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I’m frustrated

Where is info on how to use Face Tracking in Prem Elem 8 ??

On pg 5 of Premiere Elements 8 Missing Manual there's a teaser re: Face Tracking. "You can create a label and have that label follow that person around your video as you edit." I expected to find some information in the book on how to use this feature. But I haven't found it yet. Am I just missing it, or was I misled by the teaser?

Tom Hayden
Chelmsford, MA
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this question
  • The face label feature works in the Elements Organizer and works only with still photos, not with video. The description on page 5 should have clarified that. If we reprint the book, I'll make that clear, and thanks for pointing it out.
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    • Chris

      I may not have asked the question you answered. What I'm interested in is putting a label on objects in my videos, and having those labels track the objects as they move. That's what I thought the following book statement meant, "You can create a label and have that label follow that person around your video as you edit."

      I'm not concerned with organizer features at this point. The new motion (or object) tracking feature is talked up in every review I've read of Prem Elem 8, so I assume the product actually offers it. I also expected The Missing Manual to treat it to some degree, but I haven't been able to find it.

      Please answer this question.

      Thanks in advance,

    • Chris

      Sorry about the 5 comments I inadvertently added. Slow system response time plus lack of feedback to my attempt to add a comment caused me to repeat the action.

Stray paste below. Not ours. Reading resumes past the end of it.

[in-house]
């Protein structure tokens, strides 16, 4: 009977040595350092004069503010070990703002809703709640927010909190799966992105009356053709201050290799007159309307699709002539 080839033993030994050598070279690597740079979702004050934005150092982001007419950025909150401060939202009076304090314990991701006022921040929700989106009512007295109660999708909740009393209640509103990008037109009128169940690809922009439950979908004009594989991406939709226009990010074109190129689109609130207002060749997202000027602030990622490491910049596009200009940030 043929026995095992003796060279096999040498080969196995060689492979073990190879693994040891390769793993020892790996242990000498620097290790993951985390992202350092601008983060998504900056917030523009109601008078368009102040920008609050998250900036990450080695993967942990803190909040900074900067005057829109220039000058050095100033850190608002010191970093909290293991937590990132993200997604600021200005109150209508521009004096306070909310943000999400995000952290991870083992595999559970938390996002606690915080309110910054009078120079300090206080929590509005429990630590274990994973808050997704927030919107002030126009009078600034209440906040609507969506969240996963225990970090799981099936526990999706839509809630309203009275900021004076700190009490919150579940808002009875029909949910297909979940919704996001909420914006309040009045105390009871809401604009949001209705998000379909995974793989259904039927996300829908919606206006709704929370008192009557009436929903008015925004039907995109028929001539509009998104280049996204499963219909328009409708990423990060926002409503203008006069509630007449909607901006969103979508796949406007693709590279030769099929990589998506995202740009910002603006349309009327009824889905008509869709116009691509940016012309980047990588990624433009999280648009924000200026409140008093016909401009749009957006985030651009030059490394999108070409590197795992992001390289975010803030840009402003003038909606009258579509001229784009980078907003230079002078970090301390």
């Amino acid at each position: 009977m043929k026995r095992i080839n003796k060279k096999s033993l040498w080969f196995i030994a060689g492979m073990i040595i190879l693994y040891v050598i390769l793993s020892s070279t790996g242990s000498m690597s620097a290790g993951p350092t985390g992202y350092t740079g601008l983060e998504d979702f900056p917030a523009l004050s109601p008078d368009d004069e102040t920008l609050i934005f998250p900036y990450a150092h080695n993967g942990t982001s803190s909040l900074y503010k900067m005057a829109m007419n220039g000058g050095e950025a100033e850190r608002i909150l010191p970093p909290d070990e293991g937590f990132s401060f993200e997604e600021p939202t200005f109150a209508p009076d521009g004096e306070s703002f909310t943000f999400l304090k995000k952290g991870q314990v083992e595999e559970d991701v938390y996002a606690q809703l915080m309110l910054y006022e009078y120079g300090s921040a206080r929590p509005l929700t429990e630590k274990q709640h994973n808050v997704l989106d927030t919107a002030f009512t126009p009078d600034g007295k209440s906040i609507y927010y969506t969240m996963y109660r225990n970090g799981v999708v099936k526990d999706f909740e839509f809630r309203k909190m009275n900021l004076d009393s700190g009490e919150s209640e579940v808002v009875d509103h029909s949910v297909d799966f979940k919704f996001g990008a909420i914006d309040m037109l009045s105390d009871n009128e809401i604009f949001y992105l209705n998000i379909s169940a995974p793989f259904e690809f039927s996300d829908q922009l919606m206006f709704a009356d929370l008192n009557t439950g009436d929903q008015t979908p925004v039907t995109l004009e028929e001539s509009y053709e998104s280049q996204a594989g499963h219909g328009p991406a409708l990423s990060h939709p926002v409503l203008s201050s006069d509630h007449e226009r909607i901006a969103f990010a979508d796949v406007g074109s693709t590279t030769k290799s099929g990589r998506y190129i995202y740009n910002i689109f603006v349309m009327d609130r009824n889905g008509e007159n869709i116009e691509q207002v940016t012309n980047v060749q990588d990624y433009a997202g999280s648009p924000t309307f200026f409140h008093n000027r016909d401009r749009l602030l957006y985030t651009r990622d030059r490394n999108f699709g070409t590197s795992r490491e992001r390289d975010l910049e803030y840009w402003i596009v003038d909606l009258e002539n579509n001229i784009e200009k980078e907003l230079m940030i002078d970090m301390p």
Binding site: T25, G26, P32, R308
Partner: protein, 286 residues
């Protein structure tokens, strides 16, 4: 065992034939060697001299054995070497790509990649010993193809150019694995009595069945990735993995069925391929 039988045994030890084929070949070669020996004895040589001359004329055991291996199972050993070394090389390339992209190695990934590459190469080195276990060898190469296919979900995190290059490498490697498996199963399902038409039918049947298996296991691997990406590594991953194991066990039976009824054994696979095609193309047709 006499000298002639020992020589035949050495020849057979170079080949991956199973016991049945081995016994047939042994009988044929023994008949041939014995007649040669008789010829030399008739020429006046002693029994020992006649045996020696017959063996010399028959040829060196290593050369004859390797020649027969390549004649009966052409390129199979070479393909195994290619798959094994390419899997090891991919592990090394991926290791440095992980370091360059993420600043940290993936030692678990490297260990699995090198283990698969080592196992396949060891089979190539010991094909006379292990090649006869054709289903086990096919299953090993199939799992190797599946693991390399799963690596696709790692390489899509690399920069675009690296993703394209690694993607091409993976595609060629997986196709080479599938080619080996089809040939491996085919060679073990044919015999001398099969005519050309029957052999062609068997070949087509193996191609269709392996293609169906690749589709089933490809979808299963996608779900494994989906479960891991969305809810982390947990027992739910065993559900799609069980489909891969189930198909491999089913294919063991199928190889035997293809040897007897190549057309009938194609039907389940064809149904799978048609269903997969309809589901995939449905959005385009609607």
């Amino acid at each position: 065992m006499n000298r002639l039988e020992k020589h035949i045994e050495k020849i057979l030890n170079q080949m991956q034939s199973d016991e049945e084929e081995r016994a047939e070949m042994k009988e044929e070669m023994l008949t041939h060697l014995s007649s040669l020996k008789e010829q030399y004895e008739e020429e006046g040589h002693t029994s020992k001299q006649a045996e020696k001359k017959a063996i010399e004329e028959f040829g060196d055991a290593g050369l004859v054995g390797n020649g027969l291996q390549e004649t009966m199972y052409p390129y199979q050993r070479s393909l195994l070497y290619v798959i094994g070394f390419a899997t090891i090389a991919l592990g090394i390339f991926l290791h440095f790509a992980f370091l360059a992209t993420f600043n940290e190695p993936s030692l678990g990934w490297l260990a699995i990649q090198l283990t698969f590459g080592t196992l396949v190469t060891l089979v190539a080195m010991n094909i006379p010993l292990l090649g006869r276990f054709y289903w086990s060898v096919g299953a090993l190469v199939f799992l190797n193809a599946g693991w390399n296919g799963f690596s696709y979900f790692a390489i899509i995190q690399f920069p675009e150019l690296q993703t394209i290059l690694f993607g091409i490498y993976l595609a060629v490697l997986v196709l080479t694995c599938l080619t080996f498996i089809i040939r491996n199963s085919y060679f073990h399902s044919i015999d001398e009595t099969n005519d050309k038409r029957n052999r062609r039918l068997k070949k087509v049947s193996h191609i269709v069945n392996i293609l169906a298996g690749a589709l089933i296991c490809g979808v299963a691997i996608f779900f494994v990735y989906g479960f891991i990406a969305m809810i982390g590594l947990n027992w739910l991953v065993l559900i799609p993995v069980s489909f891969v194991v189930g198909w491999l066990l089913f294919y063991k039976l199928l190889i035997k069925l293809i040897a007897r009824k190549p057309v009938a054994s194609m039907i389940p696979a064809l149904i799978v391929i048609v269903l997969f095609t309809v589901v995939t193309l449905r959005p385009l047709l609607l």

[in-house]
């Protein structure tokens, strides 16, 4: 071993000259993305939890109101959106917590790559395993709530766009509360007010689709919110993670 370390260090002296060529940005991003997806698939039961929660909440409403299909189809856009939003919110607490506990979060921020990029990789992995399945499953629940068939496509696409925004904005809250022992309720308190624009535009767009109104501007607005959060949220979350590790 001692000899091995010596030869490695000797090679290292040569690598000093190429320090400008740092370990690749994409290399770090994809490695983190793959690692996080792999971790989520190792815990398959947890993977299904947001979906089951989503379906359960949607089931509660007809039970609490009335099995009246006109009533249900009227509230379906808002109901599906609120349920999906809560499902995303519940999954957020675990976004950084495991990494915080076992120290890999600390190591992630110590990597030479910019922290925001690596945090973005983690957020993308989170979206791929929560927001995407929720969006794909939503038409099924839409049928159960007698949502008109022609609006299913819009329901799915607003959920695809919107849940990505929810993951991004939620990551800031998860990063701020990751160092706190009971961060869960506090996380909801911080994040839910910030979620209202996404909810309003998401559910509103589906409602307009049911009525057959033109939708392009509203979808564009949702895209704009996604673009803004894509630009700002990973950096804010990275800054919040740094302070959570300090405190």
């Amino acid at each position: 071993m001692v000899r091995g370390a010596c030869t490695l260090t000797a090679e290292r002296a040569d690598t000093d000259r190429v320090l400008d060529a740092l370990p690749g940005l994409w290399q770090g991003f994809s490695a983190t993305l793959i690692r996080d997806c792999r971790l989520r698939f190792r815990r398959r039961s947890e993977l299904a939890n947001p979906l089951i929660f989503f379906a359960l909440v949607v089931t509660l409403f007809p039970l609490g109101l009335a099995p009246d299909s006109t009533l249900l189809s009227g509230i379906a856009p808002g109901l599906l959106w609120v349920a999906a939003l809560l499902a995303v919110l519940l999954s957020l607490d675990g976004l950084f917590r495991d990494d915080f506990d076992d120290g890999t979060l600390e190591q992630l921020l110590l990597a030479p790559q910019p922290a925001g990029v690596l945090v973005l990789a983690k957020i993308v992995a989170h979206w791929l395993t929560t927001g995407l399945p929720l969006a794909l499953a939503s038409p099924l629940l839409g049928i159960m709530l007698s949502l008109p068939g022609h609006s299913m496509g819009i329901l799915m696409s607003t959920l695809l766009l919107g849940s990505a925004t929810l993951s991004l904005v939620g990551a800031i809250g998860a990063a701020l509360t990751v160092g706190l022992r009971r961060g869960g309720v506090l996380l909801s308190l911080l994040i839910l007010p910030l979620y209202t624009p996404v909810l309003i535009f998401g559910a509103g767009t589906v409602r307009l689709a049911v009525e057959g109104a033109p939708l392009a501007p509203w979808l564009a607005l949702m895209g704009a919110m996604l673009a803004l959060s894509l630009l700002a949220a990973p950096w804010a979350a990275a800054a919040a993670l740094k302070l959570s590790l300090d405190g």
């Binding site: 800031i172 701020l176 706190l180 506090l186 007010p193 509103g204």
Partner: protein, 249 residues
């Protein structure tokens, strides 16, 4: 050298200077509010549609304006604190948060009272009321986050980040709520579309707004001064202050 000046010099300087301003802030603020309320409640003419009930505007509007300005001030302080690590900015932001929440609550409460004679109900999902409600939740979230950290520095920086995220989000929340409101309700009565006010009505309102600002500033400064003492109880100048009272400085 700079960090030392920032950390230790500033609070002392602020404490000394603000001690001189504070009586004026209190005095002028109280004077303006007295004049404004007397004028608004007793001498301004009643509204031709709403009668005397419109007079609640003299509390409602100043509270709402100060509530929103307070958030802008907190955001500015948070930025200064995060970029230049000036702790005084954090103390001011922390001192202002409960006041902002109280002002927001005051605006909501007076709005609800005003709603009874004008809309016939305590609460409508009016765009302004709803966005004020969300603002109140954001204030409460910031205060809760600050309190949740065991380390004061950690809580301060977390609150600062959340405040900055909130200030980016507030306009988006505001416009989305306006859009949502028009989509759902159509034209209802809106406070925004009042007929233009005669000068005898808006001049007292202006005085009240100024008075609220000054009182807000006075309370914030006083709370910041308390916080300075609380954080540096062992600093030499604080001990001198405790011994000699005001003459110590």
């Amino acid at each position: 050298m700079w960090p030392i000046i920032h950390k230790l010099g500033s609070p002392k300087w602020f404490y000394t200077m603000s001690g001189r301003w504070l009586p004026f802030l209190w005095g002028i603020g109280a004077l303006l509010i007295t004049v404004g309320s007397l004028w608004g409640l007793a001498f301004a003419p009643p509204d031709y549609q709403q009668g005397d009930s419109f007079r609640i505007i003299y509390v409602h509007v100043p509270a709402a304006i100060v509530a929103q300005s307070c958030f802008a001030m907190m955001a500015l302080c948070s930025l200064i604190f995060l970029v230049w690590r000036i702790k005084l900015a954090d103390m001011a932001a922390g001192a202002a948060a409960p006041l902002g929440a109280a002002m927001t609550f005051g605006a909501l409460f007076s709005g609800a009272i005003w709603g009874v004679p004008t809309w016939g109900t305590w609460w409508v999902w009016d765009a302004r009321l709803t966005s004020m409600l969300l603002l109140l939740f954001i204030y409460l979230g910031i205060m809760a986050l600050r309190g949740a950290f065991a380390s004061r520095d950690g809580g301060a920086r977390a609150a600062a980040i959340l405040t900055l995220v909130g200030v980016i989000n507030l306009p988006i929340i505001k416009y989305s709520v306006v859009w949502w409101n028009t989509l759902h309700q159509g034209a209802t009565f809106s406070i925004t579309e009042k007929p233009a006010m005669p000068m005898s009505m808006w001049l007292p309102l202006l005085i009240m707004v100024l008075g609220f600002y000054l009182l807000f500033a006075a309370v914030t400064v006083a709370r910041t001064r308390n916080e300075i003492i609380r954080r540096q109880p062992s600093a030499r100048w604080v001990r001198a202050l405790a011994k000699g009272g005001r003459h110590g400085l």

I found a statement in an online review of Prem Elem 8 that describes the feature I'm trying to learn how to use.

      "Motion Tracking allows you to select an object and track it throughout the scene. This can be used to apply a “Cops” style face blurring effect. Just select the object you want to track – a person’s face in this instance – and apply the effect. Premiere Elements 8 will then track and apply the effect to that object throughout the scene. This tool can also be used to insert clipart or other objects into a scene."

      Is this described somewhere in The Missing Manual?


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  • Tom--

    Motion tracking isn't covered in much detail in the book, so here's a better description:

    Premiere Elements 8
    Motion Tracking with a Label

    Premiere Elements 8 has a feature called “motion tracking” that identifies moving objects in a video clip and lets you attach clipart to those objects. It’s one of those features we Missing Manual authors refer to as a gem in the rough. It works but it’s not perfect. For example, if there is a lot of camera movement, it makes it harder for Premiere to identify moving objects. That said, you may find it handy for chores such as attaching labels to some of the characters in your video.

    In a thumbnail, here’s how it works. When you turn on Motion Tracking mode, Premiere places frames around objects that it identifies as moving in the scene. These moving objects can be a car, people’s faces or as shown in the example below, a dog named Lola. You can attach clipart to those frames so that the artwork follows the frame around the screen. Clipart could be something as simple as an arrow, or it could be text that identifies the moving object.

    Premiere identifies moving objects with the Auto-analyzer tool. That means if your Elements Organizer preferences have Auto-analyzer turned off, you’ll need to run Auto-analyzer before motion tracking and do its work. That’s easy enough to do because Premiere prompts you as needed, as explained in the example below.